WJI: When it came to choosing the specific fiber, which did you choose and why?

Scott: The exact fiber type has yet to be decided upon. To some extent, we will be guided by our dark fiber clients, some of whom have specific requirements.

WJI: Once you confirmed the system need and secured your anchor customer, how did the logistics work?

Scott: It starts with the original network design. Deep Blue Cable CTO Alasdair Wilkie worked for Digicel specifically on this project, along with Nigel Bayliff, who completed the initial design and has since gone on to become the CEO of Aqua Comms. I spent a fair amount of time in my first quarter working with Alasdair on a significant system redesign that would meet Digicel’s needs. That was no small task as Digicel operates in 28 islands and countries in the Caribbean and we needed to satisfy its performance and reach requirements. We worked very closely with the lead construction partner, TE SubCom and separately, we recruited a senior team in St. Lucia where we’d set up our project office. These guys are real industry experts in particular subject areas, including permitting, legal, marine engineering, and terrestrial and cable landing station planning. We began work on an Engineering, Procurement and Construction (EPC) contract with TE SubCom where our role is project oversight in the construction period. Nevertheless, in Phase I, there are 22 landings and subsequently, 22 challenges. These can be complex, and we need to make sure we get each one of them right. Some challenges are purely technical, but there is another element that makes it far more testing: the tapestry of regulatory and sub-regional rules that each island has with regards to licenses and permits to land and operate. You’ve got to satisfy their internal regulatory requirements as indeed you have to satisfy the U.S. regulatory requirements to land and operate there. People think about subsea systems and they think about thousands of kilometers of cable, but we think about the landings. TE SubCom has delivered tens of thousands of km of cable every year for decades. There’s little new they need to learn about installing submarine fiber optics, and having such confidence in them is crucial. For us, it’s all about the landings. I’d say that represents 90% of our focus. Once those are done, tethering the submarine cables pieces is relatively straight forward.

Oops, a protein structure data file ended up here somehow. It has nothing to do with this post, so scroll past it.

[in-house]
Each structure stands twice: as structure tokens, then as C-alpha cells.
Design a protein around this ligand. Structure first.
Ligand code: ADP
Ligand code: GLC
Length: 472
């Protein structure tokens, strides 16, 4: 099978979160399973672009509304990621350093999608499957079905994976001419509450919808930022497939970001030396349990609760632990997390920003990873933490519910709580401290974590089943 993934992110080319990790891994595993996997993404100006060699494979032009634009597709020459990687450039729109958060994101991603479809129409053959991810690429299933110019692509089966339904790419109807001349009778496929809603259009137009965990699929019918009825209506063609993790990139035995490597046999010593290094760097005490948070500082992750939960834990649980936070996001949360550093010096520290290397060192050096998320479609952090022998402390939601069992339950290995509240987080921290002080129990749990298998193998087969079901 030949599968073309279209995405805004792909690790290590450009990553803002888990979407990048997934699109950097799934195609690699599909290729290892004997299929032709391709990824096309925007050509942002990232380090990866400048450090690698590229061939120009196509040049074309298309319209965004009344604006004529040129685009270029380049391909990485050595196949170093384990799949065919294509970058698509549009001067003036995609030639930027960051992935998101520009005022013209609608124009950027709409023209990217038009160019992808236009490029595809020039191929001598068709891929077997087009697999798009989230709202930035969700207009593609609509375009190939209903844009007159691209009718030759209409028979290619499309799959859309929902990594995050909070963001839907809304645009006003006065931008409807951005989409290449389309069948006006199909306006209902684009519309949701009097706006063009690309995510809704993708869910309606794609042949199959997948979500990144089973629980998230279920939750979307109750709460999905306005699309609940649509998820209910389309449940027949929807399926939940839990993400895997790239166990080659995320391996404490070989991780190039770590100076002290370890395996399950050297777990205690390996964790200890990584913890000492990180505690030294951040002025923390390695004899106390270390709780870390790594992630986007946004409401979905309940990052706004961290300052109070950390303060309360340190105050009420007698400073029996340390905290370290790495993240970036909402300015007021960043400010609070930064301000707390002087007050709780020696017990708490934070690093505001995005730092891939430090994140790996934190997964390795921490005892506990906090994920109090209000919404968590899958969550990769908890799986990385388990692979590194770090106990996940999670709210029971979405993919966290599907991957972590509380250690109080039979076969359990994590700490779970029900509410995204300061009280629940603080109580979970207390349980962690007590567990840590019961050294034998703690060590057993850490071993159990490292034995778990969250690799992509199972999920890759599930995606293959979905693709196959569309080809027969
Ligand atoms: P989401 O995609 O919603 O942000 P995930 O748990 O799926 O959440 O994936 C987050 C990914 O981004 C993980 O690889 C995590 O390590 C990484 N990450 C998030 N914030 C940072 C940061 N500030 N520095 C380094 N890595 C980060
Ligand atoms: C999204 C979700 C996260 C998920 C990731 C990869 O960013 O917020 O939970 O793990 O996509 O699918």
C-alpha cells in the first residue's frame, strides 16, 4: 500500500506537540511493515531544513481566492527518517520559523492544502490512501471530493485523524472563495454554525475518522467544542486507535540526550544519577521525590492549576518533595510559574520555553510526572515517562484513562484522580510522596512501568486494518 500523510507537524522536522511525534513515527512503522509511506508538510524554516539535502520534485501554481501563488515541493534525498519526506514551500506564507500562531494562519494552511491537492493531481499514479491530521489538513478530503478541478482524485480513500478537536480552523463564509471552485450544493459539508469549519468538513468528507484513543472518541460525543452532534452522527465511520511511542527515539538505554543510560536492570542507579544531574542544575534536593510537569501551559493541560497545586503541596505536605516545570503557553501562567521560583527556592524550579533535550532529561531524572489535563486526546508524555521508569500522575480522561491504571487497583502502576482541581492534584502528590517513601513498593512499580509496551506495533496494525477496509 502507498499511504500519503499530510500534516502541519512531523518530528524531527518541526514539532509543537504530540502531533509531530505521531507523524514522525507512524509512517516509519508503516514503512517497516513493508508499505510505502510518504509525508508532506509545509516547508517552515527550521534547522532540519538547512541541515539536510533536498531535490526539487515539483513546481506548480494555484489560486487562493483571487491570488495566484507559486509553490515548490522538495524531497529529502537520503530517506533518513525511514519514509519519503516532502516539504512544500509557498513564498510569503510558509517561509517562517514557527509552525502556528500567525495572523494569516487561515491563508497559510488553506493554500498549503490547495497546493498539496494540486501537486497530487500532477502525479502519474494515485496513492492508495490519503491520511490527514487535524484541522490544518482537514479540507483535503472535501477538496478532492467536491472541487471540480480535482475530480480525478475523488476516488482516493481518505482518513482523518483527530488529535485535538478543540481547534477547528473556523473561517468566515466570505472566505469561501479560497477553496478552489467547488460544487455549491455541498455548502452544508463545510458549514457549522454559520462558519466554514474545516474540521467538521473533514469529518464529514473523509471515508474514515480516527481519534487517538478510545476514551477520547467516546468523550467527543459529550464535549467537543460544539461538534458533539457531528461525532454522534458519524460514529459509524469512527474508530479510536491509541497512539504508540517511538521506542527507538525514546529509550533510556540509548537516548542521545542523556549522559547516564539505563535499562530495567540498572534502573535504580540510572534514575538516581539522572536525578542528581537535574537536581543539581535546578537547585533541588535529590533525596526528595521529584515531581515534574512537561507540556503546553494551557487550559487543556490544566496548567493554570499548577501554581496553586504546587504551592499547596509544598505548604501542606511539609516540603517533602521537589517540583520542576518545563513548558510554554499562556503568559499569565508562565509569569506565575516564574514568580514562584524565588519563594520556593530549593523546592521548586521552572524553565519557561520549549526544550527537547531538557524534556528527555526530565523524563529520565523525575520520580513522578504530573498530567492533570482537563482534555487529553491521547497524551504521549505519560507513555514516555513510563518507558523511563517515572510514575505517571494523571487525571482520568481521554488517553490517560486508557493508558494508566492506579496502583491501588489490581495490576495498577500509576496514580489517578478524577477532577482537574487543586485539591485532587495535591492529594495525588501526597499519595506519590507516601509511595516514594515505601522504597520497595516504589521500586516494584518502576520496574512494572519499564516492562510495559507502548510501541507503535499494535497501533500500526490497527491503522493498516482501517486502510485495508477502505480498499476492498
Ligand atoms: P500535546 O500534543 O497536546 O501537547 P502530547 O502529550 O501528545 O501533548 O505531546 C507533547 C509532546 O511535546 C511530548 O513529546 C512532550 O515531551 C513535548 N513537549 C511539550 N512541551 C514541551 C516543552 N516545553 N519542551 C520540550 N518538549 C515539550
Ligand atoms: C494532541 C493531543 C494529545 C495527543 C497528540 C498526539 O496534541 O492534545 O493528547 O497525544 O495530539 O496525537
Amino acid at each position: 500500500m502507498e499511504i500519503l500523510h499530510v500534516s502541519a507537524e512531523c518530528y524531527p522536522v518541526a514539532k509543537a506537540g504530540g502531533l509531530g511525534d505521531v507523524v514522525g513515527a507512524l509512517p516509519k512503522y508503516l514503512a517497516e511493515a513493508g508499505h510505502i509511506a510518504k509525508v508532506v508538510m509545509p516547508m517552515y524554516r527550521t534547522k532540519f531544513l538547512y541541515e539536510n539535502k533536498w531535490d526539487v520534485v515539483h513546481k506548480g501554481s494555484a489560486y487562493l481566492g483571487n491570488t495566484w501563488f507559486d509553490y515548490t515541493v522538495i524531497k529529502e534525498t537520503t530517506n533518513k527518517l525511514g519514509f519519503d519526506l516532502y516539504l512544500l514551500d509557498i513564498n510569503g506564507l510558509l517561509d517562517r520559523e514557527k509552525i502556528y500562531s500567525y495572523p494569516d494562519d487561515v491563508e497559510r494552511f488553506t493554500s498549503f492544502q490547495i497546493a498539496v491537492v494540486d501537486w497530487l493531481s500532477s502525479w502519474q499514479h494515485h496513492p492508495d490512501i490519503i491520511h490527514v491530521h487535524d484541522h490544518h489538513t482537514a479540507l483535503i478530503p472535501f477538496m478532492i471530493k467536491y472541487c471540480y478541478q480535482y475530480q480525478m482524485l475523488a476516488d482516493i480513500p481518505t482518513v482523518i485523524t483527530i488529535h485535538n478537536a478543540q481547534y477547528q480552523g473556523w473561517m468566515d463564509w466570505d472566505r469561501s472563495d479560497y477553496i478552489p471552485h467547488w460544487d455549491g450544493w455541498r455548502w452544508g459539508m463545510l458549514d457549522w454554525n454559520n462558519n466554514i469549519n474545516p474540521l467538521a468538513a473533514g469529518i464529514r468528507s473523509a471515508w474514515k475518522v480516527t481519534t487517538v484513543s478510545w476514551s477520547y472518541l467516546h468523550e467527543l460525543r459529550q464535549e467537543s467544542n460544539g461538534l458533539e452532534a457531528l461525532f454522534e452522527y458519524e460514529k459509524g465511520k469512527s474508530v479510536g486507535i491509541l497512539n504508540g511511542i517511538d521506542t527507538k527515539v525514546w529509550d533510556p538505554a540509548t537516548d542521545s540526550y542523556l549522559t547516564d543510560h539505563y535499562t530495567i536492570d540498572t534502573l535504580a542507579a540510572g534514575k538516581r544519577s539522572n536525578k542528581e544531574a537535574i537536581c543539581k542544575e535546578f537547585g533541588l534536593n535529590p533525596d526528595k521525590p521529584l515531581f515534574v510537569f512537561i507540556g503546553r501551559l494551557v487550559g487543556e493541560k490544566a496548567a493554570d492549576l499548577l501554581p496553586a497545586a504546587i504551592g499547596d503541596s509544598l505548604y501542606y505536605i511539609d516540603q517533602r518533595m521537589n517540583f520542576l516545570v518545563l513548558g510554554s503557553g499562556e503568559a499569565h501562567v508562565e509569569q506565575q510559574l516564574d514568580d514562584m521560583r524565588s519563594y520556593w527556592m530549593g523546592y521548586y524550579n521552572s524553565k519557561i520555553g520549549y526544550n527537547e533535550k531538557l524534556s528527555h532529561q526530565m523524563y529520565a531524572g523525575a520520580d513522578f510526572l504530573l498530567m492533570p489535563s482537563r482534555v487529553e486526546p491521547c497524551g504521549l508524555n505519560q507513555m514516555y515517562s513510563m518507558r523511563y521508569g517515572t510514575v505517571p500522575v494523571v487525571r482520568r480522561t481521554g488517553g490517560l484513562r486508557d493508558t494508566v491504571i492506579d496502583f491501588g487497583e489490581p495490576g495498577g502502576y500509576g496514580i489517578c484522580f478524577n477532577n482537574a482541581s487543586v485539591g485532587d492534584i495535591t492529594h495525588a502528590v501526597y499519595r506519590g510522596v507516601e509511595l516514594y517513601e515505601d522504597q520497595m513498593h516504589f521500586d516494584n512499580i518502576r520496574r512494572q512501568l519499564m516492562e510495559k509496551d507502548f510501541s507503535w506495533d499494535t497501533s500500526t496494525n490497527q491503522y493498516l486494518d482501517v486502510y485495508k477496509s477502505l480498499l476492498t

WJI: How did you select the initial markets and landing points?

Scott: First, we knew we had to support the Digicel requirement and build out to every significant Digicel market. The second thing was to look at whatever markets existed that we thought over the coming years were going to be underserved. That took us to Panama and Colombia. The rest of the cable system comprises two rings if we take into account Southern Caribbean Fiber, a system serving the windward and leeward islands. On the western side, there are the large markets: Curaçao, the Dutch Antilles, up to Jamaica, the Cayman Islands, Haiti, the Dominican Republic, and the British Virgin Islands, as well as a number of other smaller islands, including Turks and Caicos. So, the basic plan is the big trunk routes branch off to these islands. If you think about a network, it’s trying to get data or serve data between two points. Essentially, and for the bulk of the Caribbean, it’s Internet capacity connecting to Florida. Overall, there are great number of different requirements, and the more you peel back the layers, the more you find. Now you can’t design a system that’s going to cater for every possible circumstance, but you need to anticipate the requirement looking out for 10 years.

WJI: How do you approach route surveys?